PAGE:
Harvard T.H. Chan School of Public Health, Apple, and the National Institutes of Health (NIH) has launched the Apple Women’s Health Study, a large-scale longitudinal study led by a team of researchers at Harvard Chan School that aims to advance understanding of menstrual and gynecological health.
Harvard T.H. Chan School of Public Health was founded in 1913 as the Harvard-Massachusetts Institute of Technology School of Health Officers. The School is recognized as America’s oldest professional training program in public health. Each year, more than 400 faculty members at Harvard Chan School teach 1,000-plus full-time students from around the world and train thousands more through online and executive education courses.
Apple users can enroll and participate in the study by downloading the Apple Research app, available on iPhone. The study will collect data, such as cycle tracking information, and use monthly surveys to understand each participant’s unique menstrual experience. The study, which will last many years, also seeks to analyze the impact of certain behaviors and habits, such as physical activity and mobility, on a wide breadth of reproductive health topics.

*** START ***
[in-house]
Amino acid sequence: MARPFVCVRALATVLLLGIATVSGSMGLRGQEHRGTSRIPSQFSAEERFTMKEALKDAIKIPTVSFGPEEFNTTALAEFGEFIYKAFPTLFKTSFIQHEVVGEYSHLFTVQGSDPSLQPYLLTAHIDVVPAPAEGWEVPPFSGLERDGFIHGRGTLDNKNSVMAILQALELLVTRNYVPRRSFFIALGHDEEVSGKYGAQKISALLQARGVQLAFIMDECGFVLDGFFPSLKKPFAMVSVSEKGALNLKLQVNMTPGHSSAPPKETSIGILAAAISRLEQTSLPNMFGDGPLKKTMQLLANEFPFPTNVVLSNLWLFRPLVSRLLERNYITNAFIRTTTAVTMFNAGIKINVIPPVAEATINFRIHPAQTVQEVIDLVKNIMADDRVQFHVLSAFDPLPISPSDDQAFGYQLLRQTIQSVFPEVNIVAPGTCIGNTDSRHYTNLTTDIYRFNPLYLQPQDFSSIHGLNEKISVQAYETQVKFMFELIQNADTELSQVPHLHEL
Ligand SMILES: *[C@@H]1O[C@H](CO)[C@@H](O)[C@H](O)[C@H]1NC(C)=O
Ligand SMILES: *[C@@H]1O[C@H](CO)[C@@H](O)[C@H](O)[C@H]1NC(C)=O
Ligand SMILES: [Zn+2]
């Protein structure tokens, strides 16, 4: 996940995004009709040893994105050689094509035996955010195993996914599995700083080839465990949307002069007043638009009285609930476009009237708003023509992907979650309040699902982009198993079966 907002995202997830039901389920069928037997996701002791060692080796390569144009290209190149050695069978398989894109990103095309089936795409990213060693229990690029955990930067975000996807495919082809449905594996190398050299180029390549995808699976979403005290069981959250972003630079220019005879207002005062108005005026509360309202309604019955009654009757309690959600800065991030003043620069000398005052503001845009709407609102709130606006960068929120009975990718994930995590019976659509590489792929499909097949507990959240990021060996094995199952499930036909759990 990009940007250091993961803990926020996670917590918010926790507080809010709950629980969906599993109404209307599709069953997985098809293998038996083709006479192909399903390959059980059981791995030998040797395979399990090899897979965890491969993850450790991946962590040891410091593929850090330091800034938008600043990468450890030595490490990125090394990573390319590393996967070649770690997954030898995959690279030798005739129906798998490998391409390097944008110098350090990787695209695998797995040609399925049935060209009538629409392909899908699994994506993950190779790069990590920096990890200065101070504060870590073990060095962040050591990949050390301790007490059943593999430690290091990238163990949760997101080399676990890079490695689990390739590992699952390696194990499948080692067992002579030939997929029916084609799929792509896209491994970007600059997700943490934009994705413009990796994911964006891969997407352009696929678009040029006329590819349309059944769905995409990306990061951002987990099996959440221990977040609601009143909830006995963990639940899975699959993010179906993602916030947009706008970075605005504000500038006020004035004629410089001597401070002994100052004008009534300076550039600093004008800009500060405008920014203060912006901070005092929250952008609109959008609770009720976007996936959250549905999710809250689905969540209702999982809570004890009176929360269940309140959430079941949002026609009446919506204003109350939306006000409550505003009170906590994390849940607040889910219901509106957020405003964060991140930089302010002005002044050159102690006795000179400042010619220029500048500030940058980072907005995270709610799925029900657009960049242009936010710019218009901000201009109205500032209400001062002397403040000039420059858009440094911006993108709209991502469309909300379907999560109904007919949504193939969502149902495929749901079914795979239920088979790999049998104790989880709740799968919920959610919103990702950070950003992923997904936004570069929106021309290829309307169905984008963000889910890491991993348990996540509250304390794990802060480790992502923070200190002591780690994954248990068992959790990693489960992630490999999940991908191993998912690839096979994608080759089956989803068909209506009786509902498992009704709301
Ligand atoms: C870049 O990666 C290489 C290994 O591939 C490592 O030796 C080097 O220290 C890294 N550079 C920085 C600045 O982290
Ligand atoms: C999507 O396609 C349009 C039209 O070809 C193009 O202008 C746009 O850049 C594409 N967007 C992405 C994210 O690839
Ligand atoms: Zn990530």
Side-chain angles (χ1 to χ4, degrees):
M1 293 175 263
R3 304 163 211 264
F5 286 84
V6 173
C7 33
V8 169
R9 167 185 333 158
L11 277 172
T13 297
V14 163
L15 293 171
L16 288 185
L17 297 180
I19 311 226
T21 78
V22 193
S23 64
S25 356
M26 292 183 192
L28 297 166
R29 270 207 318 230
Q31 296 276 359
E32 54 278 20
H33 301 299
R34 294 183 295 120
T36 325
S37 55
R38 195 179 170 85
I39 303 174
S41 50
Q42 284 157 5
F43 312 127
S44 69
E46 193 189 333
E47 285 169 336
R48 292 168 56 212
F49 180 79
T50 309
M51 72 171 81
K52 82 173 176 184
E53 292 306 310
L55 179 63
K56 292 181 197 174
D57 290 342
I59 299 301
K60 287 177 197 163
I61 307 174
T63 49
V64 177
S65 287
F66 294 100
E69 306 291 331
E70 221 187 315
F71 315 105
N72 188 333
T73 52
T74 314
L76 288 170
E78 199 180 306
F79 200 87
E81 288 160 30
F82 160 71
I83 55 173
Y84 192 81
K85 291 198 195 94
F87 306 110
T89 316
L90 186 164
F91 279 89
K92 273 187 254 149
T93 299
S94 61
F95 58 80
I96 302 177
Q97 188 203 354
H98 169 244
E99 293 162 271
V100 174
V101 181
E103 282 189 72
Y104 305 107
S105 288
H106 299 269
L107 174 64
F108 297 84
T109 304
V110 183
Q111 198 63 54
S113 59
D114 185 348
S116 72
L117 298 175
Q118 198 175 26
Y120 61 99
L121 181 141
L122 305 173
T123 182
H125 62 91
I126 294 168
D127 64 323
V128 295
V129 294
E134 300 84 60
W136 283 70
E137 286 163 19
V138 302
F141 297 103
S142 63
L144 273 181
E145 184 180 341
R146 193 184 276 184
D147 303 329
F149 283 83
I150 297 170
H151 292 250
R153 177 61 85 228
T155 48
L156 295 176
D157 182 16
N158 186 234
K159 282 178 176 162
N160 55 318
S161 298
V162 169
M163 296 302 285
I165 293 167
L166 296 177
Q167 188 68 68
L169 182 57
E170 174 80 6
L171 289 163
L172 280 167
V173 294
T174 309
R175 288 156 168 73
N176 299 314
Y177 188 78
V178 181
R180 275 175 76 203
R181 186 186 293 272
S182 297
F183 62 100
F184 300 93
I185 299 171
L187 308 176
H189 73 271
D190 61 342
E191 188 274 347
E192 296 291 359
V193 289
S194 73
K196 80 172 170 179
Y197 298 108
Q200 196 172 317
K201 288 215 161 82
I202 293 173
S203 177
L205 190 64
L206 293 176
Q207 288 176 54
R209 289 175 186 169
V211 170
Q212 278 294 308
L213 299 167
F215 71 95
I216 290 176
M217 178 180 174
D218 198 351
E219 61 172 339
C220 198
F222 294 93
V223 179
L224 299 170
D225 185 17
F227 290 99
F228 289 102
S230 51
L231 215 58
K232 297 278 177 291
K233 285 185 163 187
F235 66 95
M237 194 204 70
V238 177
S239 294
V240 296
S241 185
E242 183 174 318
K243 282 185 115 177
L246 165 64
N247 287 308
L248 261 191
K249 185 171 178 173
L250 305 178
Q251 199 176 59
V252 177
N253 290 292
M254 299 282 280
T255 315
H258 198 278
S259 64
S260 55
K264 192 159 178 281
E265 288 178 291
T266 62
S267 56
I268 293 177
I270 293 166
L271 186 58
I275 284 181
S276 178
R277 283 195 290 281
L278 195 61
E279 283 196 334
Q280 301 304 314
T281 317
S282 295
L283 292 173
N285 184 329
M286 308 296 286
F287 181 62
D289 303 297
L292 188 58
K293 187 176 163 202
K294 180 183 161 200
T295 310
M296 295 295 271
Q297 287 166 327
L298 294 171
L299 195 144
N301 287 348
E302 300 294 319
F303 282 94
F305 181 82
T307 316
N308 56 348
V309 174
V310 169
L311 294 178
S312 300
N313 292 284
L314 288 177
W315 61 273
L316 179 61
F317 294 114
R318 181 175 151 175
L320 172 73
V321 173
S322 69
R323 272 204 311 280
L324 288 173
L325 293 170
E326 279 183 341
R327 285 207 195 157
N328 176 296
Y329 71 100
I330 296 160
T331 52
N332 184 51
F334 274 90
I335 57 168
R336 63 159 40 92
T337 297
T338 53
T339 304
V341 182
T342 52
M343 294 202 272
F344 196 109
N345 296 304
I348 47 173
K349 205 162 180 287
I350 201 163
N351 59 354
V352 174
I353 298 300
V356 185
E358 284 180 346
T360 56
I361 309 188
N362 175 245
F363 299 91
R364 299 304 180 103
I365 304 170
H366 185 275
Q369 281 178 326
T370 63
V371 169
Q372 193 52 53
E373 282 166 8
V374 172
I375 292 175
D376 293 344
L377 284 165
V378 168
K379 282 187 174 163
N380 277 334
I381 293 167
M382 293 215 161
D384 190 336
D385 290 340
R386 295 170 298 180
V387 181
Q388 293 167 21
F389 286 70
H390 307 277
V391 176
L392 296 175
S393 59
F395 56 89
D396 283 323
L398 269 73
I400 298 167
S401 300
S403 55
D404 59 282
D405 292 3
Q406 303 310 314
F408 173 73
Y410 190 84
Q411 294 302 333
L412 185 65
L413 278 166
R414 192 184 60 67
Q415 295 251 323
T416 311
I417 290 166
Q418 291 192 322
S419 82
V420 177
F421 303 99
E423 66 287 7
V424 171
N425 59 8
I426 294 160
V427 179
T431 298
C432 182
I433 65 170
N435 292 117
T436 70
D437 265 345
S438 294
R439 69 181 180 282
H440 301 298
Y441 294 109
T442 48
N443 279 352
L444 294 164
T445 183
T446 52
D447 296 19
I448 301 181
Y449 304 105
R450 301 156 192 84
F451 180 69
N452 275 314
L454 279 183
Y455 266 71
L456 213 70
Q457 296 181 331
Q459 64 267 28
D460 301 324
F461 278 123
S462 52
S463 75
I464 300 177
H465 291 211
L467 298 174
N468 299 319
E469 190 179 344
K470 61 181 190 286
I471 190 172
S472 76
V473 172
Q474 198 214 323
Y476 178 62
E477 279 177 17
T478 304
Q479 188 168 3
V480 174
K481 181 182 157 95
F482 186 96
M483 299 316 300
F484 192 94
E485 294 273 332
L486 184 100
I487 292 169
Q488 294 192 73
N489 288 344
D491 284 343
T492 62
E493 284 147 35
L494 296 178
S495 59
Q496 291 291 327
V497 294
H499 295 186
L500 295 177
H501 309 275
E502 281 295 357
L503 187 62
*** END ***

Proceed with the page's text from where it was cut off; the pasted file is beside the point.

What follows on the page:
Michelle A. Williams, a reproductive epidemiologist and dean of the faculty at Harvard Chan School, is leading the study as a principal investigator, along with Harvard Chan co-principal investigators Russ Hauser, Frederick Lee Hisaw Professor of Reproductive Physiology and chair of the Department of Environmental Health, and Brent Coull, professor of biostatistics and associate chair of the Department of Biostatistics.
“Treating the menstrual cycle as a vital sign, such as heart rate or blood pressure, could lead to the earlier detection of many health conditions, both gynecological and systemic, as well as a better understanding of women’s reproductive health and health needs overall.” … “We are uniquely poised to translate this data into discovery that will lead to better awareness and empowerment around women’s health issues on a global scale.” – Shruthi Mahalingaiah, assistant professor of environmental reproductive and women’s health at Harvard Chan School
“In the past it’s been very difficult to quantify behavioral factors.” … “With data from smartphones and wearable devices, we can eventually measure these factors unobtrusively over long periods of time. This is scientifically incredibly exciting, and I believe that this research will enable more effective and more personalized interventions in the future.” – Jukka-Pekka Onnela, associate professor of biostatistics at Harvard Chan School